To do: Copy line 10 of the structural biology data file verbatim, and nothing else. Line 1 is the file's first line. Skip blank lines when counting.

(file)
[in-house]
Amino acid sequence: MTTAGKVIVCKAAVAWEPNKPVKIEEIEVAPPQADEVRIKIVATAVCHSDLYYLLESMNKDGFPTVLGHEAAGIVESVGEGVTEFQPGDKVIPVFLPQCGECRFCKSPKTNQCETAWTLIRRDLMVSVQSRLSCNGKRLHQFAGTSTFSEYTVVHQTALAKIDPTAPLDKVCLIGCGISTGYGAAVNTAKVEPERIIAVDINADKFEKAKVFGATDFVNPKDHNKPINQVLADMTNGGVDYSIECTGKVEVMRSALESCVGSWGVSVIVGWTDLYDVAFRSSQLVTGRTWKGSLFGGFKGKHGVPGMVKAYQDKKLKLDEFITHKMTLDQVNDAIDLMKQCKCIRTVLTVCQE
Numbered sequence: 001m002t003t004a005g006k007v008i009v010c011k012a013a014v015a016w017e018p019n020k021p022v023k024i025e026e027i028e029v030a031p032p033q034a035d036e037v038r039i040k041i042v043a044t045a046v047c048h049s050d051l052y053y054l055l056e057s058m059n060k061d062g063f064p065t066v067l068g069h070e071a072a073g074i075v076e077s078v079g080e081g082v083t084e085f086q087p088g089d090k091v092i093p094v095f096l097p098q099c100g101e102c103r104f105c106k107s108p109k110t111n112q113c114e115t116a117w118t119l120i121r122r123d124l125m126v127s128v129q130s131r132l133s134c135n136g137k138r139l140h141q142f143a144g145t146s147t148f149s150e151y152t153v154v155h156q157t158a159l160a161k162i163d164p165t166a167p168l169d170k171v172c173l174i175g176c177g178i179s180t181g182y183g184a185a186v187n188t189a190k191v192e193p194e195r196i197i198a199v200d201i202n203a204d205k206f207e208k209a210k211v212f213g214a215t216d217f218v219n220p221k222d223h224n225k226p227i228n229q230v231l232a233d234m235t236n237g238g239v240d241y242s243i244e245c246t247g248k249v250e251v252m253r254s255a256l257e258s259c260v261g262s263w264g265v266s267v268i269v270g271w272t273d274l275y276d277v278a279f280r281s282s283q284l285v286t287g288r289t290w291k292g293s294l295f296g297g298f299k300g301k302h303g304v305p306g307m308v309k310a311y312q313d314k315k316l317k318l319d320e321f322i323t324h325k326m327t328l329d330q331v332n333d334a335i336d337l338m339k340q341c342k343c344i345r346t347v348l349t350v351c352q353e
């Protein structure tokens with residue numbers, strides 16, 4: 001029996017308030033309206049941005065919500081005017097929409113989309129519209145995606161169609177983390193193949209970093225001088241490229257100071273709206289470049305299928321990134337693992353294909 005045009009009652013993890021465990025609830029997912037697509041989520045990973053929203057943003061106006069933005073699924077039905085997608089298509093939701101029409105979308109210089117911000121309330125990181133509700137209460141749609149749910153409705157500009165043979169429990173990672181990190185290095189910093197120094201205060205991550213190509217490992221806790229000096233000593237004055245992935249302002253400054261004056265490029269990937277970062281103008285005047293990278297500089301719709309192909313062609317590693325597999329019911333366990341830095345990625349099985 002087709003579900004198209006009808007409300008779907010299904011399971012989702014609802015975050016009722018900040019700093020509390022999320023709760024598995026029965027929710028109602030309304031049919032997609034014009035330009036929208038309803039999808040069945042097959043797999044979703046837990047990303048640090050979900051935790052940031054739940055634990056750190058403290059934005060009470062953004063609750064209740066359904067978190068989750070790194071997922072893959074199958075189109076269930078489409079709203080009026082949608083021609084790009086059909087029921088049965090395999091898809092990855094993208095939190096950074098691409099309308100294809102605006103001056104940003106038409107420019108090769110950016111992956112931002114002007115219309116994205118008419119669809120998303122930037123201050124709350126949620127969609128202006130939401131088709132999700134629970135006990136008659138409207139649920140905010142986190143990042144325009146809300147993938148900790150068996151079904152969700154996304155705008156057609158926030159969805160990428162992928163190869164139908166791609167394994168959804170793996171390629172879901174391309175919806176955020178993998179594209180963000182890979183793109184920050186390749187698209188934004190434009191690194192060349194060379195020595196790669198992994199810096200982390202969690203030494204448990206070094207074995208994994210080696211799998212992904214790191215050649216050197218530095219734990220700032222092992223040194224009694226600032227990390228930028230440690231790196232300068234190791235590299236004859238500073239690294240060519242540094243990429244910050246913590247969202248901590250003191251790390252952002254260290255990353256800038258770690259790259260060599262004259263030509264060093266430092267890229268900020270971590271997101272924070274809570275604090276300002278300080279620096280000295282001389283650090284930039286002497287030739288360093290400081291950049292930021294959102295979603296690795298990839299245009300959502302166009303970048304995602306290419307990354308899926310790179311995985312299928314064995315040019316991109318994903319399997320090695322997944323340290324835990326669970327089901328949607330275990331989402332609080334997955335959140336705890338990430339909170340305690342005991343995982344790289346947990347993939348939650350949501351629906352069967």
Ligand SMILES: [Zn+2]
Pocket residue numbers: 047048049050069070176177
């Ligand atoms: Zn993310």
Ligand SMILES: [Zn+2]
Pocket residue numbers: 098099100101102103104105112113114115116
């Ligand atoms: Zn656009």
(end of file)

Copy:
């Ligand atoms: Zn656009």